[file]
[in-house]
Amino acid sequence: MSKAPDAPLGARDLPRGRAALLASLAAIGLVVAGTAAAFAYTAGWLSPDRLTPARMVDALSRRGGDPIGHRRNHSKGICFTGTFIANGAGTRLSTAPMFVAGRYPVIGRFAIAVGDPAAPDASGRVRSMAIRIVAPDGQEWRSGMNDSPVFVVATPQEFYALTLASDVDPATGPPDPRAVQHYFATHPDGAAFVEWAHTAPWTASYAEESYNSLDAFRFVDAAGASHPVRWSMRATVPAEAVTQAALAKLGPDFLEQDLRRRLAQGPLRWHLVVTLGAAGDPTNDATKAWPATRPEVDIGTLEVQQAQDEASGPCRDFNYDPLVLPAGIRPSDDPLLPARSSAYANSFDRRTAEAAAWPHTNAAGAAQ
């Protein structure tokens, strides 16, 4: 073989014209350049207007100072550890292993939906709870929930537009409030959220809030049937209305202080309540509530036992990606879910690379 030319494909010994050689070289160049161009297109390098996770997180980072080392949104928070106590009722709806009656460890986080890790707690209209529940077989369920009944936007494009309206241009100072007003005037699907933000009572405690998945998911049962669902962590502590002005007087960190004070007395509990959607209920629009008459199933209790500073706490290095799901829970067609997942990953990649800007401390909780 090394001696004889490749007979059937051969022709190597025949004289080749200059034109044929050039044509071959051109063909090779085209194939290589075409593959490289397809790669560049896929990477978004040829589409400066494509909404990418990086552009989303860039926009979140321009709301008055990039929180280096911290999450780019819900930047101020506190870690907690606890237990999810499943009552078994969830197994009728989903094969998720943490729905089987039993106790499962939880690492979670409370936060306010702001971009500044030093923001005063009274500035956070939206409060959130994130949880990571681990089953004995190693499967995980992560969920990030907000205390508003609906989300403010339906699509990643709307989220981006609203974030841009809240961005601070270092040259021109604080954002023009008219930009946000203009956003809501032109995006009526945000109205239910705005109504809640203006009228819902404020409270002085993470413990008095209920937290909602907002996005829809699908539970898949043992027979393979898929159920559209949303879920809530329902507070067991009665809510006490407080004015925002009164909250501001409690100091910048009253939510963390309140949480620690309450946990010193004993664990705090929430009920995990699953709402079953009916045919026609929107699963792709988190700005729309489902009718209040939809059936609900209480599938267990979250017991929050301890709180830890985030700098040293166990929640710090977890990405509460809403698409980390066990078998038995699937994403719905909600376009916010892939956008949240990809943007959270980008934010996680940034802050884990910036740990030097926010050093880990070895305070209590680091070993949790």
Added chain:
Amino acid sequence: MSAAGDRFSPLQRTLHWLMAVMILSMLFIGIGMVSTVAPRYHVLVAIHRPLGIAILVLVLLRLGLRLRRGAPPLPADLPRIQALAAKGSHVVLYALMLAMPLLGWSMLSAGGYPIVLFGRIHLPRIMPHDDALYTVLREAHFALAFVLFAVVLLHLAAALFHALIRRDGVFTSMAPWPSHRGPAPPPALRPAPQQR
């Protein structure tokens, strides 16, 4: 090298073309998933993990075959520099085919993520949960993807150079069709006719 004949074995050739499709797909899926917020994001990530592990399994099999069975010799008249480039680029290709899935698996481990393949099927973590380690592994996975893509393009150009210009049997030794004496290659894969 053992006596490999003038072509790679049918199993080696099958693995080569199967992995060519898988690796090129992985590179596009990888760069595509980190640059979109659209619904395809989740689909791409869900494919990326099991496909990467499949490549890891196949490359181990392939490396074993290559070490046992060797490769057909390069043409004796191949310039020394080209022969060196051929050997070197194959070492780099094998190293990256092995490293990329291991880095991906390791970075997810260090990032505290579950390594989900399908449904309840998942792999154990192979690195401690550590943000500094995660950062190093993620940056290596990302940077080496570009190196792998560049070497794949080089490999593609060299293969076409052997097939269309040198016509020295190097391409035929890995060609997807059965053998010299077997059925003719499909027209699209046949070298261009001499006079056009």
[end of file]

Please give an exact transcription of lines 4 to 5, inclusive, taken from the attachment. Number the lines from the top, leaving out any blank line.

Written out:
Added chain:
Amino acid sequence: MSAAGDRFSPLQRTLHWLMAVMILSMLFIGIGMVSTVAPRYHVLVAIHRPLGIAILVLVLLRLGLRLRRGAPPLPADLPRIQALAAKGSHVVLYALMLAMPLLGWSMLSAGGYPIVLFGRIHLPRIMPHDDALYTVLREAHFALAFVLFAVVLLHLAAALFHALIRRDGVFTSMAPWPSHRGPAPPPALRPAPQQR